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Office of the Secretary
For Immediate Release: April 28, 1998
Contact: John Wright 202/208-6416
Secretary Babbitt signs mining patent during Congressional Hearing to highlight
the indefensible give away of public resources for less than fair market value
Secretary of the Interior Bruce Babbitt testified today before the Senate Committee on Energy and Natural Resources to support reform of the archaic 1872 Mining Law. During his testimony, Babbitt signed a patent for three mining claims giving away public resources covering 62 acres, worth more than $80 million, to emphasize how indefensible the 125-year-old law is to taxpayers, as the country approaches the 21st century.
“We remain convinced that reform can be accomplished in a way that provides the taxpayer a fair return on publicly-owned resources,” said Babbitt. “We are ready to assist the Congress is accomplishing this goal.”
The patent signed today deeds out of public ownership three mining claims covering 62 acres on Prince of Wales Island in Tongass National Forest in Alaska. The patentee will pay the federal government $2.50 per acre, about $155, for mineral resources with an estimated value of about $80 million. The claims contain about 2.3 million tons of iron, with recoverable copper, gold and silver.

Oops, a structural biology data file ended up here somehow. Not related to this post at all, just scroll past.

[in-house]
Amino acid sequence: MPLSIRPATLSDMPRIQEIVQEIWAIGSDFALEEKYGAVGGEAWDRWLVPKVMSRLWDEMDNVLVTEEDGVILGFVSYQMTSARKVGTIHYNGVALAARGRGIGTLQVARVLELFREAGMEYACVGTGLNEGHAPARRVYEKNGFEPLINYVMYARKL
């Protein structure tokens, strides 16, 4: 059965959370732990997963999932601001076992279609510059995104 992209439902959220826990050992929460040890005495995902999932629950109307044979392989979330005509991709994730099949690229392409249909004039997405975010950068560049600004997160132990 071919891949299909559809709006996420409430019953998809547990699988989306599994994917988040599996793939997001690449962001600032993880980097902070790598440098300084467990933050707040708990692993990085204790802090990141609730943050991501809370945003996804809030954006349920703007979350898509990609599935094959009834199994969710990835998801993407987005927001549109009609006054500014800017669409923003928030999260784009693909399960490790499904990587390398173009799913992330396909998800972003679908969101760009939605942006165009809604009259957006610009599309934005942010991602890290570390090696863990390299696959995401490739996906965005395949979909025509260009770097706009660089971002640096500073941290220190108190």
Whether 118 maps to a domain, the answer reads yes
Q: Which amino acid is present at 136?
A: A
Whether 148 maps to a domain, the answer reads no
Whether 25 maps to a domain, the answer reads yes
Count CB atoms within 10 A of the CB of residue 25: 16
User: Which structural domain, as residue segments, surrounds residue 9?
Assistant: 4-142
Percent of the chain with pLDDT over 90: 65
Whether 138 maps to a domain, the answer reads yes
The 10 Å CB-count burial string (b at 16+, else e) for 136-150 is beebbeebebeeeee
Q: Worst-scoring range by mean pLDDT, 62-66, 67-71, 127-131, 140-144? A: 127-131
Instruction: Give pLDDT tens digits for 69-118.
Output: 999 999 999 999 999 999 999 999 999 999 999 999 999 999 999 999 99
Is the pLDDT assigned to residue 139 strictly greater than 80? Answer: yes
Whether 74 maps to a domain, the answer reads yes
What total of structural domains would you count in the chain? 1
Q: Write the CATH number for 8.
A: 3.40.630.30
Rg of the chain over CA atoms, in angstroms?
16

“Until Congress steps forward to enact meaningful reform of this law, I must continue to give away America’s mineral resources for unfair return to the taxpayers,” Babbitt said. “We cannot, and will not support legislation that does little or nothing to fix the problems posed by the current law.”
The 1872 Mining Law signed by President Ulysses S. Grant and effective today, allows patents for hardrock minerals on public lands to be mined for $2.50, or $5 per acre. “This is a poor return on the nation’s natural resources; I have no choice but to carry out my responsibilities under this law,” Babbitt said.
Since taking office in January 1993, the 1872 Mining Law has required Secretary Babbitt to sign 40 mining patents, deeding away publicly owned resources valued at more than $15 billion to individuals and private mining companies. In return the taxpayers received a little more than a meager $24,000.
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